2022/09/08 | University | Health & Medicine

From niche to world leader: 100 years Dentistry in Bern

Founded amidst resistance in 1921, the School of Dental Medicine of the University of Bern (ZMK) is today among the most renowned centers of their kind in the world. Hendrik Meyer-Lückel, Executive Director of the ZMK, tells what makes Bernese dentistry unique.

Interview: Katharina Wecker

Dental medicine had to fight for recognition in the beginning. Why?

That was not only a problem in Bern, but in general. Before, dentistry was long considered just a craft. When a medical procedure was necessary, they were handled by surgery. At that time, people simply did not see the need to establish a separate institute for dentistry.

Today, the ZMK characterize Bern as an important place for medicine and are among the world's leading institutions in dentistry. How did this come about?

The professors at the ZMK have been working on an international level from early on. They saw the opportunity to prove themselves through research and therefore gave their scientists room and freedom to develop. Today, we are one of the ten best dental centers in the world.

Translational research is one of the strengths of the ZMK. What does that mean?

In a practice-oriented field like dentistry, it is important that results in research bring benefit to patients. And the benefit must come not after 100 years, but in, perhaps, ten years. Pure research for research's sake is not what we want. Therefore, a lot of research which starts in the laboratory is then clinically evaluated, and ultimately leads, with help from partners in the industry, to a product that benefits patients.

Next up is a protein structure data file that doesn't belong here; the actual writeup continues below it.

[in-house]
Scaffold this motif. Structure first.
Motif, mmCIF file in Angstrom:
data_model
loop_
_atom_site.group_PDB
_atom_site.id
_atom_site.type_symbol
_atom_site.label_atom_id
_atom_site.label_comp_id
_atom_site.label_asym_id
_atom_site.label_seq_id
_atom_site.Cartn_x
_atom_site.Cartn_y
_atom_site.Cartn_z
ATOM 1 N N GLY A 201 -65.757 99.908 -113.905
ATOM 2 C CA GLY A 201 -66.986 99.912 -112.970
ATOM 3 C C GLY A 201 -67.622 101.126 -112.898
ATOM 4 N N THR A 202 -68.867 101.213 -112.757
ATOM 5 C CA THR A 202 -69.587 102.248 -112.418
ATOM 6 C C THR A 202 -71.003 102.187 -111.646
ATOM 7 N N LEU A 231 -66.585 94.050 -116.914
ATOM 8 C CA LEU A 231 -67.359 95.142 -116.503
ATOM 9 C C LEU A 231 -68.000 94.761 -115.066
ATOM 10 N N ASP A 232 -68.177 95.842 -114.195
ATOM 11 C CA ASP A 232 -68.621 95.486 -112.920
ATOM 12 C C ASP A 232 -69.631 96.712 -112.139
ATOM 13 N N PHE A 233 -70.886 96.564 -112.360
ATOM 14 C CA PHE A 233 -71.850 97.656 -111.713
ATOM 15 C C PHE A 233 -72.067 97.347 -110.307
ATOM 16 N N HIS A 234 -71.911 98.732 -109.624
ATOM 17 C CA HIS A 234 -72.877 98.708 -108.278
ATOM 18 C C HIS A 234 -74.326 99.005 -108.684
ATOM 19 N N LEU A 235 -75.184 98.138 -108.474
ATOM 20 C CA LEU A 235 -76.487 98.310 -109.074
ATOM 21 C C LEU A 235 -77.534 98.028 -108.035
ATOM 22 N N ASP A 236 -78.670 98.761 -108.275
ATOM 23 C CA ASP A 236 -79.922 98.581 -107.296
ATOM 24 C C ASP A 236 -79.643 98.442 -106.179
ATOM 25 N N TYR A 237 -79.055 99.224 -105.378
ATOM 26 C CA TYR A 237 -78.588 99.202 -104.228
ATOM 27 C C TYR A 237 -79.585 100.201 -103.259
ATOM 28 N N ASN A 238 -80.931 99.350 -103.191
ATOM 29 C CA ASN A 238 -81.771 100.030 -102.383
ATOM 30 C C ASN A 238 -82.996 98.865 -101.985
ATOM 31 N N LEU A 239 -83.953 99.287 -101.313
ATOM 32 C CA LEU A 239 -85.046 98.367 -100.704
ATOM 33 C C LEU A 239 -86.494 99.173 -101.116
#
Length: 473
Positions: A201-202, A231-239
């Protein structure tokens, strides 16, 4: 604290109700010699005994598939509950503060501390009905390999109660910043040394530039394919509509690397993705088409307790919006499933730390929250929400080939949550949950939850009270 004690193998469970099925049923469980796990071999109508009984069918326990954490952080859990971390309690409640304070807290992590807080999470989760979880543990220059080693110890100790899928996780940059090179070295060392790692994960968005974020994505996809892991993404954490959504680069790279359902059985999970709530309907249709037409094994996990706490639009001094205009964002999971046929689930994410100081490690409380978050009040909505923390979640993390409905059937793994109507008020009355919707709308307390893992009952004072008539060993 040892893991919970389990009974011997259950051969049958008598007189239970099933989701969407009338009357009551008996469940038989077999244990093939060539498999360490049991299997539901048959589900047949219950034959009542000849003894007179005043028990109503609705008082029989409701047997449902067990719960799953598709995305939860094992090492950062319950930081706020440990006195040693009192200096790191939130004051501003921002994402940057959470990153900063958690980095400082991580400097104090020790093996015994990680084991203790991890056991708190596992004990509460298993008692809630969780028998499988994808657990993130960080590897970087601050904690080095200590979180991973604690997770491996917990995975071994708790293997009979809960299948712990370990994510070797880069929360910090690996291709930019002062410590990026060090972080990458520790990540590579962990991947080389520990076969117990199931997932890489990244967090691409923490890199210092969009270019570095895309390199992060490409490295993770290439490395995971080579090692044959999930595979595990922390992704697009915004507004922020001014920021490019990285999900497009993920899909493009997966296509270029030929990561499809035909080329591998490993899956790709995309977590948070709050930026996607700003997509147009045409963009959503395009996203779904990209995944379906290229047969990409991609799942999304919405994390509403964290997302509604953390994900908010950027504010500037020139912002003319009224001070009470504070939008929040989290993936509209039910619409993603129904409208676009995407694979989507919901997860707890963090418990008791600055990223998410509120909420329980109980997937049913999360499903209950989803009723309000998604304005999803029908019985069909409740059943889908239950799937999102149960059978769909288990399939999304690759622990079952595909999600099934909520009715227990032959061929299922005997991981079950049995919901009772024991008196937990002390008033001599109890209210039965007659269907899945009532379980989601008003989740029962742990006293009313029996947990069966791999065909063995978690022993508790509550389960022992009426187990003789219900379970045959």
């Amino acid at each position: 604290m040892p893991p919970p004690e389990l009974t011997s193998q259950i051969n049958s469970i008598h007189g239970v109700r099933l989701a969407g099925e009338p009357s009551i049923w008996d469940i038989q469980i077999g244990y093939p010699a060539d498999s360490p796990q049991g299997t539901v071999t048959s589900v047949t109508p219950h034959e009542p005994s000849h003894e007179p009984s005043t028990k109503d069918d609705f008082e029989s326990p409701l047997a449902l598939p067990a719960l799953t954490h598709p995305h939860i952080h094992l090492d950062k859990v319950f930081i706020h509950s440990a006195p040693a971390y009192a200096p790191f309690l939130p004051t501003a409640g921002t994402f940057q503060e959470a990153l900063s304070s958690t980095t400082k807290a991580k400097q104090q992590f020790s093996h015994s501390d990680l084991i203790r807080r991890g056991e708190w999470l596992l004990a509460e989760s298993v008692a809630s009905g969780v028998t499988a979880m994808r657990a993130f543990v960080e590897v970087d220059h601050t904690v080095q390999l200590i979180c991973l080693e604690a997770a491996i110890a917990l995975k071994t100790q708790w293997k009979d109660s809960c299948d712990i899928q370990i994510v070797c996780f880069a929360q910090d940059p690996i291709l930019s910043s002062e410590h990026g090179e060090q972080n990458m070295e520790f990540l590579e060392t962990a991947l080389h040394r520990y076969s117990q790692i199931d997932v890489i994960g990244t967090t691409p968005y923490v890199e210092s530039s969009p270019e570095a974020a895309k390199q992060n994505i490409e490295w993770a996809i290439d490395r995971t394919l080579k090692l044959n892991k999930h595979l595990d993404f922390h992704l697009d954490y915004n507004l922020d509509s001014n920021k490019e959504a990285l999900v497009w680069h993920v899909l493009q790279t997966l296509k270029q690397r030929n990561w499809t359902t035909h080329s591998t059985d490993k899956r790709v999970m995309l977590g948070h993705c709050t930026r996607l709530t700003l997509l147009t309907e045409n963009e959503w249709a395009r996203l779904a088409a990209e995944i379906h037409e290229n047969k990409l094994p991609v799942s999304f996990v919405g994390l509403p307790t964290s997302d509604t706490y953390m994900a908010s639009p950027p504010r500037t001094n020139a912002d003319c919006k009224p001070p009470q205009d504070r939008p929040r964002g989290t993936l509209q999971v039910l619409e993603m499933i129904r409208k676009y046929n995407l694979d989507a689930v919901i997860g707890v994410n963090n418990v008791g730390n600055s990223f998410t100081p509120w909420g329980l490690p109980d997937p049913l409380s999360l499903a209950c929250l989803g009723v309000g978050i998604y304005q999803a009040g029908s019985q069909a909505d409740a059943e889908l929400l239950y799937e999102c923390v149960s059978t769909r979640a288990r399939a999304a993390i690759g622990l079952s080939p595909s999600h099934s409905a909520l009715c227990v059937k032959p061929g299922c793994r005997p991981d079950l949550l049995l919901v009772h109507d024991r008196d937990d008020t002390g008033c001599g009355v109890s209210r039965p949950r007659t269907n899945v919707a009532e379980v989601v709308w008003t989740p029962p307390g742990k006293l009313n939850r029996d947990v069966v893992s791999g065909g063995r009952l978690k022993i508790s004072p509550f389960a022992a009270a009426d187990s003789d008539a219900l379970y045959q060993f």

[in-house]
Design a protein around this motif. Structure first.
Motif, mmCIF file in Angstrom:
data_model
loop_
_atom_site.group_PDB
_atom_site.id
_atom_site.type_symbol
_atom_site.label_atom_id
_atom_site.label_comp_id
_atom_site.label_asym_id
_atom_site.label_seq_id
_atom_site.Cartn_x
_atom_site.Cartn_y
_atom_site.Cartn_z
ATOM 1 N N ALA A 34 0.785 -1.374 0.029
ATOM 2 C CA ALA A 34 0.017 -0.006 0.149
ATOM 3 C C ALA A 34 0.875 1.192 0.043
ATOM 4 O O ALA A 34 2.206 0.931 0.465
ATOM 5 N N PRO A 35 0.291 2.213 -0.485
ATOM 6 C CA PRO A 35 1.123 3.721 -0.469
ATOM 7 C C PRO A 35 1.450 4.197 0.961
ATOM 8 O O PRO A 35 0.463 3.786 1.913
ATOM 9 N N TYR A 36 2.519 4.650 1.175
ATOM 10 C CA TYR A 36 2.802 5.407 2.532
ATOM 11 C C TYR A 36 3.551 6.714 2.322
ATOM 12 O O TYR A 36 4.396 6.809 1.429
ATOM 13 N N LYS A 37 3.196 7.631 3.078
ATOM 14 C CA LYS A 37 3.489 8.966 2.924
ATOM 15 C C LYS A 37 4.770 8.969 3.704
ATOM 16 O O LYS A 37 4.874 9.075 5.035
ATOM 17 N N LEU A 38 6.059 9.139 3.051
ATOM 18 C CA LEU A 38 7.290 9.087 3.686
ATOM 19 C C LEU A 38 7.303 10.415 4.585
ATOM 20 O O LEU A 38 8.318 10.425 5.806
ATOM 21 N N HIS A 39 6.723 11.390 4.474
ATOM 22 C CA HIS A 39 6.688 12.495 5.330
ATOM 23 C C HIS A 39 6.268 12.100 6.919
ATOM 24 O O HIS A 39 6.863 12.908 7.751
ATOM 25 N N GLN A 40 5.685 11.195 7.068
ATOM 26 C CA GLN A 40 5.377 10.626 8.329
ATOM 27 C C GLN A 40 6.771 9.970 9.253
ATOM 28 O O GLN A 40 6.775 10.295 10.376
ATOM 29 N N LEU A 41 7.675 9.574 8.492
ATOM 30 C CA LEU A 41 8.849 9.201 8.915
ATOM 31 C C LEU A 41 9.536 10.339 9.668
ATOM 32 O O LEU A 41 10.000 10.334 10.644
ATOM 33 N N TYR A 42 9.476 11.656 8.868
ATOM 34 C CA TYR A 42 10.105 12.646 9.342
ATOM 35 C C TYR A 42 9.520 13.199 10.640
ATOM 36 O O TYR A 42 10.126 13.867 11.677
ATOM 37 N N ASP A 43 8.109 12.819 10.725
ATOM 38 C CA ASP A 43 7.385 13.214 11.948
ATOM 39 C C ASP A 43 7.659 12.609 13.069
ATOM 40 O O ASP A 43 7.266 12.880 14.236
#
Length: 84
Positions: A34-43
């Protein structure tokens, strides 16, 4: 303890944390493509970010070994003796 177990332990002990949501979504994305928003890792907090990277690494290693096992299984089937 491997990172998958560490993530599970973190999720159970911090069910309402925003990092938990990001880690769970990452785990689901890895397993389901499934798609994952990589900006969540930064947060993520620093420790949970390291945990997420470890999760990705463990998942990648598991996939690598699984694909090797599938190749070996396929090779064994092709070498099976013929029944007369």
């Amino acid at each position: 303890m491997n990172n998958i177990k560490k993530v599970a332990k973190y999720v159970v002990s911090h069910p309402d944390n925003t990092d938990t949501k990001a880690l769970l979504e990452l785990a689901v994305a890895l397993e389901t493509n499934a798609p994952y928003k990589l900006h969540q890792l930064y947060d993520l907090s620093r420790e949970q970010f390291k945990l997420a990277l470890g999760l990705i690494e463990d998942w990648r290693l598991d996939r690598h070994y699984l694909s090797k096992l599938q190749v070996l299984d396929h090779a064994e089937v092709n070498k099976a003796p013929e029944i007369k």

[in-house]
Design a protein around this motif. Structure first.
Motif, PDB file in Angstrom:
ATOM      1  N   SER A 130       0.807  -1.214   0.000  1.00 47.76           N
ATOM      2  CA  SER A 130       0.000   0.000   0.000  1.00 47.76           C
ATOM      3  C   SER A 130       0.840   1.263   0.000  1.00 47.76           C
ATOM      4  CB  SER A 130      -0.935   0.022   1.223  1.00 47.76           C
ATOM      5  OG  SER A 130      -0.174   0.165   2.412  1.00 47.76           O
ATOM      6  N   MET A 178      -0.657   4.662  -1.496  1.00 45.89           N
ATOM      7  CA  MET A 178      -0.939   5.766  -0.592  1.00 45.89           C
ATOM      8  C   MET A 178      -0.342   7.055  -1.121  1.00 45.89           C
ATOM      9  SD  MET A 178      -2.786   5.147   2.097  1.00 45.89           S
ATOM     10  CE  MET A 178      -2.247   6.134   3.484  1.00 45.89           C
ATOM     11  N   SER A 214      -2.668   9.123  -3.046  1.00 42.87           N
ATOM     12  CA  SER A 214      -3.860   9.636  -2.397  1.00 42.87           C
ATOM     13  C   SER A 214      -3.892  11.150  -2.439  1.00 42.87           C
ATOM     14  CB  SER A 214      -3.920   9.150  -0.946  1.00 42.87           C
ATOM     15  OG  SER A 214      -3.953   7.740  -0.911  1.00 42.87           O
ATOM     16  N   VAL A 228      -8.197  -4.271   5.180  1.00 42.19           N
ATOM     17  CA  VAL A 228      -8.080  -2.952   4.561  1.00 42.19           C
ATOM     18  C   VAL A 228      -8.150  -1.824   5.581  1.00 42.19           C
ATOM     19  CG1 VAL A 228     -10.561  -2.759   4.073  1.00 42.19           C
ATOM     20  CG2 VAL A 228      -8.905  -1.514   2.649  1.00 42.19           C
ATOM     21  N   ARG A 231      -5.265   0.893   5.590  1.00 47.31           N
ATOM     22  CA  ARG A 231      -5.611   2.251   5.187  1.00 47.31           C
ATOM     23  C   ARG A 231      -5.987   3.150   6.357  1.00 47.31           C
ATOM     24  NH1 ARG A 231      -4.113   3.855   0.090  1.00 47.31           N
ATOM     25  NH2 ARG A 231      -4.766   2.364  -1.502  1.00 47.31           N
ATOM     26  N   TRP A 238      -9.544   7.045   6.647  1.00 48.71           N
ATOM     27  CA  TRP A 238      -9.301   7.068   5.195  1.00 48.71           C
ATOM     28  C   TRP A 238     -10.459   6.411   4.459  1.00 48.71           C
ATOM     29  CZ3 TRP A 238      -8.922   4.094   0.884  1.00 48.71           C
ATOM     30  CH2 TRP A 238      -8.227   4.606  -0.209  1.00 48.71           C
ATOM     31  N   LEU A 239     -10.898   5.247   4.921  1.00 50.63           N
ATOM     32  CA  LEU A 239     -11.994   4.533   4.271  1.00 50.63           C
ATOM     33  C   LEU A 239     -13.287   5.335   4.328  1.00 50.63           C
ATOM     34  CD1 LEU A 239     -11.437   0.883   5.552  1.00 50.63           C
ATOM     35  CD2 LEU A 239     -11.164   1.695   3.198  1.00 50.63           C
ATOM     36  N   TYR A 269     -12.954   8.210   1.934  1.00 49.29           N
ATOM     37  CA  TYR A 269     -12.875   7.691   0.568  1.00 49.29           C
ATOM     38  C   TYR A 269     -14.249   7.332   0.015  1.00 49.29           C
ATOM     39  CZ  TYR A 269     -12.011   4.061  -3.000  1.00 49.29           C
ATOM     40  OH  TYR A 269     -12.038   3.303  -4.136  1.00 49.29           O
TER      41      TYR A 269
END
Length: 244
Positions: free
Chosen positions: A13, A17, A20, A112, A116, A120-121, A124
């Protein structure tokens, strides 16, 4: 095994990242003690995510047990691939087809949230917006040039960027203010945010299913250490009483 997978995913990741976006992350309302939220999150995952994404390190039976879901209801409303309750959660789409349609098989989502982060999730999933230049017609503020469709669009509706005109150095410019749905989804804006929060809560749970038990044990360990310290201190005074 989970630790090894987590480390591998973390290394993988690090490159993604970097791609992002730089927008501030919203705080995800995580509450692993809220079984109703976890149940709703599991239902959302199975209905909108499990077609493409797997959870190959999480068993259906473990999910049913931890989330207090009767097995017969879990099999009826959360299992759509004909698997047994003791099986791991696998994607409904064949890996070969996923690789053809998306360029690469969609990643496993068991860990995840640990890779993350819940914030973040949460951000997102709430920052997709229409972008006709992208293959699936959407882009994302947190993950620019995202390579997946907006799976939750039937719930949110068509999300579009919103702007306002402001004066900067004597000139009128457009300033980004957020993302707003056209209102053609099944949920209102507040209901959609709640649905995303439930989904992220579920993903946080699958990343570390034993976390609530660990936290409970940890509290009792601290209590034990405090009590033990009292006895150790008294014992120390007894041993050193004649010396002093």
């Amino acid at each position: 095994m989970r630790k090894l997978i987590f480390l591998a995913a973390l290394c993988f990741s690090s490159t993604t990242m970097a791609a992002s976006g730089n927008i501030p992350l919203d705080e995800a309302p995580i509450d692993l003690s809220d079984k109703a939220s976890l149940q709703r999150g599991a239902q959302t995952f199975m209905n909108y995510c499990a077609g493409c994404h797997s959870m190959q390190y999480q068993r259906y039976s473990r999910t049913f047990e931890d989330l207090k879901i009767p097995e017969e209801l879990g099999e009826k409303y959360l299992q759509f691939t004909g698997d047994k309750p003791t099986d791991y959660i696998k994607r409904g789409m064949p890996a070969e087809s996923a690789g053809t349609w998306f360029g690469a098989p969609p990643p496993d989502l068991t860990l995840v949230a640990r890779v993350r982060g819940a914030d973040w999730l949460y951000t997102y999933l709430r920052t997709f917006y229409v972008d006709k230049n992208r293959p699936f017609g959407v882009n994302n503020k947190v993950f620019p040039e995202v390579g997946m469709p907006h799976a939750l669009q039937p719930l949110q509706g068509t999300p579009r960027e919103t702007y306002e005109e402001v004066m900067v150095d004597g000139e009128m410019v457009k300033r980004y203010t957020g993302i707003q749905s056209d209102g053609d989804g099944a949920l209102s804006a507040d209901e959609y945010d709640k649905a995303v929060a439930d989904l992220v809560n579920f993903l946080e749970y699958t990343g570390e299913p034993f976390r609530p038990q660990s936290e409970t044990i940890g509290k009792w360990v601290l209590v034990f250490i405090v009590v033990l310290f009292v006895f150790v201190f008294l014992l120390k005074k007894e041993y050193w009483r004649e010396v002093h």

Can you give an example of what is researched at the ZMK and now used for patients?

The ZMK have a special reputation for innovations in restorative dentistry and implant technology. But all other areas of the ZMK have also made great strides in the field. This is what is so special about the ZMK; all five clinics are strong.

What has changed at the ZMK over the last 100 years, and what has remained the same?

In principle, the tasks of education, training, patient care, and research have not changed fundamentally over the past 100 years, although the research component has become more predominant.

Where is dentistry heading in the future?

While today's dentists continue to be skilled practitioners of their craft - the aspects related to general medicine and psychology are playing an ever-bigger role. Due to the unique characteristics of teeth - the majority of purely tooth-related findings are still a specific problem. However, there are certainly many links to other areas which are already part of the work at the ZMK Bern and which we would like to develop further.

How are the ZMK preparing for the future?

It is important that strong cooperation exists within the organization so that current demands can be met. But there must also be financing and freedom to make decisions. It must not be the main task of researchers and staff to fulfill bureaucratic requirements in an environment of constant financial deterioration, as is unfortunately often the case elsewhere.

What can you learn from the history of ZMK?

In all factual discussions, one should not forget that a certain mindset is necessary to achieve optimal outcomes in learning and work. This mindset seems to have had a lasting effect here, so we can hope for very good years ahead for the ZMK Bern.


Hendrik Meyer-Lückel is Executive Director of the School of Dental Medicine of the University of Bern.


Prof. Dr. Hendrik Meyer-Lückel
Phone: 031 632 25 70
E-Mail: hendrik.meyer-lueckel@unibe.ch

About the author

Katharina Wecker is a freelance journalist and copywriter based in Bern.